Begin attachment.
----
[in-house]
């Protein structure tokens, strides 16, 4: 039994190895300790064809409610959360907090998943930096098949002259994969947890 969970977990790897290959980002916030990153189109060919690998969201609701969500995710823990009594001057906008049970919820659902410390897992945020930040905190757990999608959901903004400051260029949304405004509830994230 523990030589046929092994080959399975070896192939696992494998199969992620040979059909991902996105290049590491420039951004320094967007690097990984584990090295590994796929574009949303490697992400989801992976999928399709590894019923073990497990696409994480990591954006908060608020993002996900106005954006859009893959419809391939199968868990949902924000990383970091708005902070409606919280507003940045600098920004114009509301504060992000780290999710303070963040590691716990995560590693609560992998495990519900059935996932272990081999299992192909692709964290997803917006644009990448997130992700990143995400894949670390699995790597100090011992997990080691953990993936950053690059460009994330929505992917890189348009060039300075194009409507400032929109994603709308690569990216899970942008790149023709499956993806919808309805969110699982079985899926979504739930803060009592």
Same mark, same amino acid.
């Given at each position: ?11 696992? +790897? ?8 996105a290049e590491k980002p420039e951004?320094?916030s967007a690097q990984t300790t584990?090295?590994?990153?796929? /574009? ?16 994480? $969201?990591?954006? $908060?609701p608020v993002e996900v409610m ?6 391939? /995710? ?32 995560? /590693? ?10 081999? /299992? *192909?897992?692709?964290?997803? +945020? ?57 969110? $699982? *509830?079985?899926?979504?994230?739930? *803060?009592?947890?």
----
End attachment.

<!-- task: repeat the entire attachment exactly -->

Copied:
[in-house]
């Protein structure tokens, strides 16, 4: 039994190895300790064809409610959360907090998943930096098949002259994969947890 969970977990790897290959980002916030990153189109060919690998969201609701969500995710823990009594001057906008049970919820659902410390897992945020930040905190757990999608959901903004400051260029949304405004509830994230 523990030589046929092994080959399975070896192939696992494998199969992620040979059909991902996105290049590491420039951004320094967007690097990984584990090295590994796929574009949303490697992400989801992976999928399709590894019923073990497990696409994480990591954006908060608020993002996900106005954006859009893959419809391939199968868990949902924000990383970091708005902070409606919280507003940045600098920004114009509301504060992000780290999710303070963040590691716990995560590693609560992998495990519900059935996932272990081999299992192909692709964290997803917006644009990448997130992700990143995400894949670390699995790597100090011992997990080691953990993936950053690059460009994330929505992917890189348009060039300075194009409507400032929109994603709308690569990216899970942008790149023709499956993806919808309805969110699982079985899926979504739930803060009592």
Same mark, same amino acid.
């Given at each position: ?11 696992? +790897? ?8 996105a290049e590491k980002p420039e951004?320094?916030s967007a690097q990984t300790t584990?090295?590994?990153?796929? /574009? ?16 994480? $969201?990591?954006? $908060?609701p608020v993002e996900v409610m ?6 391939? /995710? ?32 995560? /590693? ?10 081999? /299992? *192909?897992?692709?964290?997803? +945020? ?57 969110? $699982? *509830?079985?899926?979504?994230?739930? *803060?009592?947890?």